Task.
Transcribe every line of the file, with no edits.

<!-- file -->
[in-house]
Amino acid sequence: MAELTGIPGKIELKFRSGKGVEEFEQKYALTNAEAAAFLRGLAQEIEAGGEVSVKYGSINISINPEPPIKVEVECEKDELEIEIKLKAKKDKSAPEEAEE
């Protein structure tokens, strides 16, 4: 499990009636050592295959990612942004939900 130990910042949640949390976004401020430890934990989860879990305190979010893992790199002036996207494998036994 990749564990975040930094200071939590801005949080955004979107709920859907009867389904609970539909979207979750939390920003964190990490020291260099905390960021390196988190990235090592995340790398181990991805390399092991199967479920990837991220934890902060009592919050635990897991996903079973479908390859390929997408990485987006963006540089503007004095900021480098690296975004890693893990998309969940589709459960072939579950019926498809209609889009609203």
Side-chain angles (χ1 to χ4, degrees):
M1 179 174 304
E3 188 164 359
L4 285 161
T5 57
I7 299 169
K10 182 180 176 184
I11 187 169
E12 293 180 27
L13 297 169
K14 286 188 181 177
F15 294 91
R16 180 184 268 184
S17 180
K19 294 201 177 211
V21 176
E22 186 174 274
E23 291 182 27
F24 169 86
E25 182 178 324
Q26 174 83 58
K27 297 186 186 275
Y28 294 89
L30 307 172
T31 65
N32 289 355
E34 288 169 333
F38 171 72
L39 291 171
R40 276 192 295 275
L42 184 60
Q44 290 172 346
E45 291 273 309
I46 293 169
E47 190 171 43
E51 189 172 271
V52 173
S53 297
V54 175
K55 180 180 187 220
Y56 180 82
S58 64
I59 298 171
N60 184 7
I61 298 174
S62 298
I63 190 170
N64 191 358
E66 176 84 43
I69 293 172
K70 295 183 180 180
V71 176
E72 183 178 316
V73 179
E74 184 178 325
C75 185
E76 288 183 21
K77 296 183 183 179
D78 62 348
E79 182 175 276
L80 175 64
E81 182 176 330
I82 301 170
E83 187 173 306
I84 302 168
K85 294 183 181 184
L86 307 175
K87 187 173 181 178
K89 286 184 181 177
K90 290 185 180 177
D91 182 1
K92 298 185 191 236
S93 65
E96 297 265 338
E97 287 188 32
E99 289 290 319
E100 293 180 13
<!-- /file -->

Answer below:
[in-house]
Amino acid sequence: MAELTGIPGKIELKFRSGKGVEEFEQKYALTNAEAAAFLRGLAQEIEAGGEVSVKYGSINISINPEPPIKVEVECEKDELEIEIKLKAKKDKSAPEEAEE
């Protein structure tokens, strides 16, 4: 499990009636050592295959990612942004939900 130990910042949640949390976004401020430890934990989860879990305190979010893992790199002036996207494998036994 990749564990975040930094200071939590801005949080955004979107709920859907009867389904609970539909979207979750939390920003964190990490020291260099905390960021390196988190990235090592995340790398181990991805390399092991199967479920990837991220934890902060009592919050635990897991996903079973479908390859390929997408990485987006963006540089503007004095900021480098690296975004890693893990998309969940589709459960072939579950019926498809209609889009609203």
Side-chain angles (χ1 to χ4, degrees):
M1 179 174 304
E3 188 164 359
L4 285 161
T5 57
I7 299 169
K10 182 180 176 184
I11 187 169
E12 293 180 27
L13 297 169
K14 286 188 181 177
F15 294 91
R16 180 184 268 184
S17 180
K19 294 201 177 211
V21 176
E22 186 174 274
E23 291 182 27
F24 169 86
E25 182 178 324
Q26 174 83 58
K27 297 186 186 275
Y28 294 89
L30 307 172
T31 65
N32 289 355
E34 288 169 333
F38 171 72
L39 291 171
R40 276 192 295 275
L42 184 60
Q44 290 172 346
E45 291 273 309
I46 293 169
E47 190 171 43
E51 189 172 271
V52 173
S53 297
V54 175
K55 180 180 187 220
Y56 180 82
S58 64
I59 298 171
N60 184 7
I61 298 174
S62 298
I63 190 170
N64 191 358
E66 176 84 43
I69 293 172
K70 295 183 180 180
V71 176
E72 183 178 316
V73 179
E74 184 178 325
C75 185
E76 288 183 21
K77 296 183 183 179
D78 62 348
E79 182 175 276
L80 175 64
E81 182 176 330
I82 301 170
E83 187 173 306
I84 302 168
K85 294 183 181 184
L86 307 175
K87 187 173 181 178
K89 286 184 181 177
K90 290 185 180 177
D91 182 1
K92 298 185 191 236
S93 65
E96 297 265 338
E97 287 188 32
E99 289 290 319
E100 293 180 13